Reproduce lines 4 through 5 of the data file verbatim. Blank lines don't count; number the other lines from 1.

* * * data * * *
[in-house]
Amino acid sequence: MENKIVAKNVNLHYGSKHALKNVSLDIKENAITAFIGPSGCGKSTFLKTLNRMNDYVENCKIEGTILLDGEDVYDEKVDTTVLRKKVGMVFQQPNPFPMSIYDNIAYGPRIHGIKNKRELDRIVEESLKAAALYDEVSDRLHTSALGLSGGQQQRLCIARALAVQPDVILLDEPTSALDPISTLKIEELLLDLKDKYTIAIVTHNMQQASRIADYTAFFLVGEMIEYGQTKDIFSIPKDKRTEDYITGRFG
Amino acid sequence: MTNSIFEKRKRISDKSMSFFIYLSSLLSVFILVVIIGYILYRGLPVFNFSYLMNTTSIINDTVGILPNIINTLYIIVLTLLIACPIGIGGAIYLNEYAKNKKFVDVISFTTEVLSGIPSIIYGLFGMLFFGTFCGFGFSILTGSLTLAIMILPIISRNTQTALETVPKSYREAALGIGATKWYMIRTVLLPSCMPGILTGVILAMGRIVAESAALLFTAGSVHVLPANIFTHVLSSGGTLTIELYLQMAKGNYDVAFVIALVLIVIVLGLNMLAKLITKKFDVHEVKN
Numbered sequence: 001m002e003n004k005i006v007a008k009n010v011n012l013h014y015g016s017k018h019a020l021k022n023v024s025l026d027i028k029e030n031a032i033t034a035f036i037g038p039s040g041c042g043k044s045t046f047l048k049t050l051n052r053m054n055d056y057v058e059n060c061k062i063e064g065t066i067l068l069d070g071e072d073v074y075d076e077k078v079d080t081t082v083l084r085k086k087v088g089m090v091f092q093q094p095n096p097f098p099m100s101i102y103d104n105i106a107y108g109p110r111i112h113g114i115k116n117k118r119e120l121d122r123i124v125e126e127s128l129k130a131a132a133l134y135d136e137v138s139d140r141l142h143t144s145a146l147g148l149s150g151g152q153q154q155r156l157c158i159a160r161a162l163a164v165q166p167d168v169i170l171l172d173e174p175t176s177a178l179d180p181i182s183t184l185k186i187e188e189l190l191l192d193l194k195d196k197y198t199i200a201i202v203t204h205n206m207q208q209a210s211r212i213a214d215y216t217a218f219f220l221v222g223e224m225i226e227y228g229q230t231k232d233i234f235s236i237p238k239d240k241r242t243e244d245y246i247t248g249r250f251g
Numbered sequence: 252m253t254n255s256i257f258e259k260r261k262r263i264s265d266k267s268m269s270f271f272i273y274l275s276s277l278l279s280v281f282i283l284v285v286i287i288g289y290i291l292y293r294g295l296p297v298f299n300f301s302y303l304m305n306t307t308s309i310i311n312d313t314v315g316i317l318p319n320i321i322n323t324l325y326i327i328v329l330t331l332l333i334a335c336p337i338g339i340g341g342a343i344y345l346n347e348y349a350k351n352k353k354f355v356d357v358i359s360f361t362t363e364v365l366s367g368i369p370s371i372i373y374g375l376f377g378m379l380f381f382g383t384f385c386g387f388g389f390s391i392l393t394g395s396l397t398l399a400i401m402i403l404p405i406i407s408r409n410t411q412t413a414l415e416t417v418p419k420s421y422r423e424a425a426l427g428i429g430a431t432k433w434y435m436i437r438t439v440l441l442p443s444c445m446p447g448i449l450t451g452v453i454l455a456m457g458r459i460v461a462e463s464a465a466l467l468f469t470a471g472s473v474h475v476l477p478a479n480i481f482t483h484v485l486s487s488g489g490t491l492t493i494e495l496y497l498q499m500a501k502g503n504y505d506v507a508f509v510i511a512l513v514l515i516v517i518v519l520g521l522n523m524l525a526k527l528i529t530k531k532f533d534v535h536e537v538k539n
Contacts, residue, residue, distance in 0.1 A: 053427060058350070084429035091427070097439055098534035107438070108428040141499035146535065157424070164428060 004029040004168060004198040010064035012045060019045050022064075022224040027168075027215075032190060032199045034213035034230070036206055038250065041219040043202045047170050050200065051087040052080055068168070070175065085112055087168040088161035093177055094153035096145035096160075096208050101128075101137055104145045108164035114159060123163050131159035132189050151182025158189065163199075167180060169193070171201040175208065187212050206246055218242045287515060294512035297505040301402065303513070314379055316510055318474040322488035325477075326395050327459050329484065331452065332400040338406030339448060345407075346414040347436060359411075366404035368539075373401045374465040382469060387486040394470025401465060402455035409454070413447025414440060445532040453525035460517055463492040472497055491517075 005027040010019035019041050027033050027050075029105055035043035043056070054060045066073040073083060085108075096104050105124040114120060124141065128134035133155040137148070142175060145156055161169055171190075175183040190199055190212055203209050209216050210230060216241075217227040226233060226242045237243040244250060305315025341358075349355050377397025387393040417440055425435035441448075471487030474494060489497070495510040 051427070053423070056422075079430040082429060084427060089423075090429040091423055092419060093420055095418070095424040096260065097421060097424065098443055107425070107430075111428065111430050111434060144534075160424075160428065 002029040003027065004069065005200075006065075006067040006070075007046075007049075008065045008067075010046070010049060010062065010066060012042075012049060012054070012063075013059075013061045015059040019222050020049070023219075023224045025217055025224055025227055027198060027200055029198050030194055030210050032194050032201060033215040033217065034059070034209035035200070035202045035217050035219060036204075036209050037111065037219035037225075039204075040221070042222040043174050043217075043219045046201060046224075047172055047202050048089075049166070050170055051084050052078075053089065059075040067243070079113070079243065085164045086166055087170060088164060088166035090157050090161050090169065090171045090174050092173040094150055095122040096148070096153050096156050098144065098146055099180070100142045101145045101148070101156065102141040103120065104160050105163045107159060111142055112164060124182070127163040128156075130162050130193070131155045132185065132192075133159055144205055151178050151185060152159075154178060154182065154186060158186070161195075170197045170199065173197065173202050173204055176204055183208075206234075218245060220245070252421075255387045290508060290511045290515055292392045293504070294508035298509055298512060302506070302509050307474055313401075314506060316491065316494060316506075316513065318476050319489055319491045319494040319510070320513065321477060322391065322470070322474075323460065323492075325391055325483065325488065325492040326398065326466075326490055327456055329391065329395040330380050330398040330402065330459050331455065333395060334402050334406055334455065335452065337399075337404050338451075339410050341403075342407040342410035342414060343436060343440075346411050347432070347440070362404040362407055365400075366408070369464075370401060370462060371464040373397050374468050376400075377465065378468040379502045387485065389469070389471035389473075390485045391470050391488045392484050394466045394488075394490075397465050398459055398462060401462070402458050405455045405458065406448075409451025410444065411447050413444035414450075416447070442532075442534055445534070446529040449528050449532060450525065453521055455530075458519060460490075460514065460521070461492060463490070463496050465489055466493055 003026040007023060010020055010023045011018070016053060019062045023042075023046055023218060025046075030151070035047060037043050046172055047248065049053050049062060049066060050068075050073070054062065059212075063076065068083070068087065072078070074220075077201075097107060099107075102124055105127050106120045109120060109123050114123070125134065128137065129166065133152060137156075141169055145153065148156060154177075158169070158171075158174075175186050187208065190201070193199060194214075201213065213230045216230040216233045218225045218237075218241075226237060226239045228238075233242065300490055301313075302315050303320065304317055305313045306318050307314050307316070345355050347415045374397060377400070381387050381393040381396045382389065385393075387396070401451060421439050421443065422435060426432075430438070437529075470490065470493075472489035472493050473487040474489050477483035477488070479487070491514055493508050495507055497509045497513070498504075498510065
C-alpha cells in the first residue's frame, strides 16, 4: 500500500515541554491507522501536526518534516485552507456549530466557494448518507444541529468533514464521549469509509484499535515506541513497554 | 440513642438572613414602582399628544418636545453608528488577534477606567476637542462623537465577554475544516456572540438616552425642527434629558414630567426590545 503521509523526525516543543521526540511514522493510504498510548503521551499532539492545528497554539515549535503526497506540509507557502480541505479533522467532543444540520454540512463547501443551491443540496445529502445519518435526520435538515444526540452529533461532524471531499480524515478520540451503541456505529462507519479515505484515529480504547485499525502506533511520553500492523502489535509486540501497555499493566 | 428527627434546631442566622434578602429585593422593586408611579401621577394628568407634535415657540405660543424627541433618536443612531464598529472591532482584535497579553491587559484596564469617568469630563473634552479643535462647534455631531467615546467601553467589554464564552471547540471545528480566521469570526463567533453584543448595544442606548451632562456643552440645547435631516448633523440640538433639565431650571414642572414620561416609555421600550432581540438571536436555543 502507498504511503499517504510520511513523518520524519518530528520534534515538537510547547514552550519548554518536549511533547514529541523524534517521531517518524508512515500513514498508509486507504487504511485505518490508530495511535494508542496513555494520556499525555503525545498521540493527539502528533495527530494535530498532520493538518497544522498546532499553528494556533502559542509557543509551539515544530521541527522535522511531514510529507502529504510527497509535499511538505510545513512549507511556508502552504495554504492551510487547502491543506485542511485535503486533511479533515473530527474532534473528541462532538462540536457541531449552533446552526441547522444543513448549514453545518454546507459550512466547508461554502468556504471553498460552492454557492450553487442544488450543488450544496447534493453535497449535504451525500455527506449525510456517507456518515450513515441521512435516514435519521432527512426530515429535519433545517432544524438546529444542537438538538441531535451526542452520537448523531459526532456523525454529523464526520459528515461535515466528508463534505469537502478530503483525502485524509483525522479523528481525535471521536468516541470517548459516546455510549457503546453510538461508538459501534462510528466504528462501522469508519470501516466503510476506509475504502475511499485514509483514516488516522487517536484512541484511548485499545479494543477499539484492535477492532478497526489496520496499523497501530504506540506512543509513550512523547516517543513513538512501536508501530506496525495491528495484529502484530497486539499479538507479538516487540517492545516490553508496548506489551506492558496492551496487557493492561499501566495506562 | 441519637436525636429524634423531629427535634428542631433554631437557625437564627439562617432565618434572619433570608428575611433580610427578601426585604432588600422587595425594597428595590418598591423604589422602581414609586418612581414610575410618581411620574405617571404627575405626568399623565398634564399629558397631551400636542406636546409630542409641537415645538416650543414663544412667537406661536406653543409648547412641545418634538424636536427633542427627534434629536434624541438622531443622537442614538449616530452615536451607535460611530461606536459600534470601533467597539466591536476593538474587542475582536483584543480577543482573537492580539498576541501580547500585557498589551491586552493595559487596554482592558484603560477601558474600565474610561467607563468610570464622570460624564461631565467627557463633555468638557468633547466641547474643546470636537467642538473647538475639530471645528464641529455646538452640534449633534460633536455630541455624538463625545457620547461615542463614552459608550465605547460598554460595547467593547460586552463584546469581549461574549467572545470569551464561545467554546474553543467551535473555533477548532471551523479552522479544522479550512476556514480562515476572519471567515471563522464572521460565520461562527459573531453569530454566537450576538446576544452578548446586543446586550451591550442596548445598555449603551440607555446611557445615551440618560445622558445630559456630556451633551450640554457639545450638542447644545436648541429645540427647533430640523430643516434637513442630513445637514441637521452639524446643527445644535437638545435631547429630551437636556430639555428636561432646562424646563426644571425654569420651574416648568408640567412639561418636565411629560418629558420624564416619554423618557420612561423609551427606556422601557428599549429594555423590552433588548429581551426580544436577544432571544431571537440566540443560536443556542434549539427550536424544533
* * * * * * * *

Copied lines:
Numbered sequence: 001m002e003n004k005i006v007a008k009n010v011n012l013h014y015g016s017k018h019a020l021k022n023v024s025l026d027i028k029e030n031a032i033t034a035f036i037g038p039s040g041c042g043k044s045t046f047l048k049t050l051n052r053m054n055d056y057v058e059n060c061k062i063e064g065t066i067l068l069d070g071e072d073v074y075d076e077k078v079d080t081t082v083l084r085k086k087v088g089m090v091f092q093q094p095n096p097f098p099m100s101i102y103d104n105i106a107y108g109p110r111i112h113g114i115k116n117k118r119e120l121d122r123i124v125e126e127s128l129k130a131a132a133l134y135d136e137v138s139d140r141l142h143t144s145a146l147g148l149s150g151g152q153q154q155r156l157c158i159a160r161a162l163a164v165q166p167d168v169i170l171l172d173e174p175t176s177a178l179d180p181i182s183t184l185k186i187e188e189l190l191l192d193l194k195d196k197y198t199i200a201i202v203t204h205n206m207q208q209a210s211r212i213a214d215y216t217a218f219f220l221v222g223e224m225i226e227y228g229q230t231k232d233i234f235s236i237p238k239d240k241r242t243e244d245y246i247t248g249r250f251g
Numbered sequence: 252m253t254n255s256i257f258e259k260r261k262r263i264s265d266k267s268m269s270f271f272i273y274l275s276s277l278l279s280v281f282i283l284v285v286i287i288g289y290i291l292y293r294g295l296p297v298f299n300f301s302y303l304m305n306t307t308s309i310i311n312d313t314v315g316i317l318p319n320i321i322n323t324l325y326i327i328v329l330t331l332l333i334a335c336p337i338g339i340g341g342a343i344y345l346n347e348y349a350k351n352k353k354f355v356d357v358i359s360f361t362t363e364v365l366s367g368i369p370s371i372i373y374g375l376f377g378m379l380f381f382g383t384f385c386g387f388g389f390s391i392l393t394g395s396l397t398l399a400i401m402i403l404p405i406i407s408r409n410t411q412t413a414l415e416t417v418p419k420s421y422r423e424a425a426l427g428i429g430a431t432k433w434y435m436i437r438t439v440l441l442p443s444c445m446p447g448i449l450t451g452v453i454l455a456m457g458r459i460v461a462e463s464a465a466l467l468f469t470a471g472s473v474h475v476l477p478a479n480i481f482t483h484v485l486s487s488g489g490t491l492t493i494e495l496y497l498q499m500a501k502g503n504y505d506v507a508f509v510i511a512l513v514l515i516v517i518v519l520g521l522n523m524l525a526k527l528i529t530k531k532f533d534v535h536e537v538k539n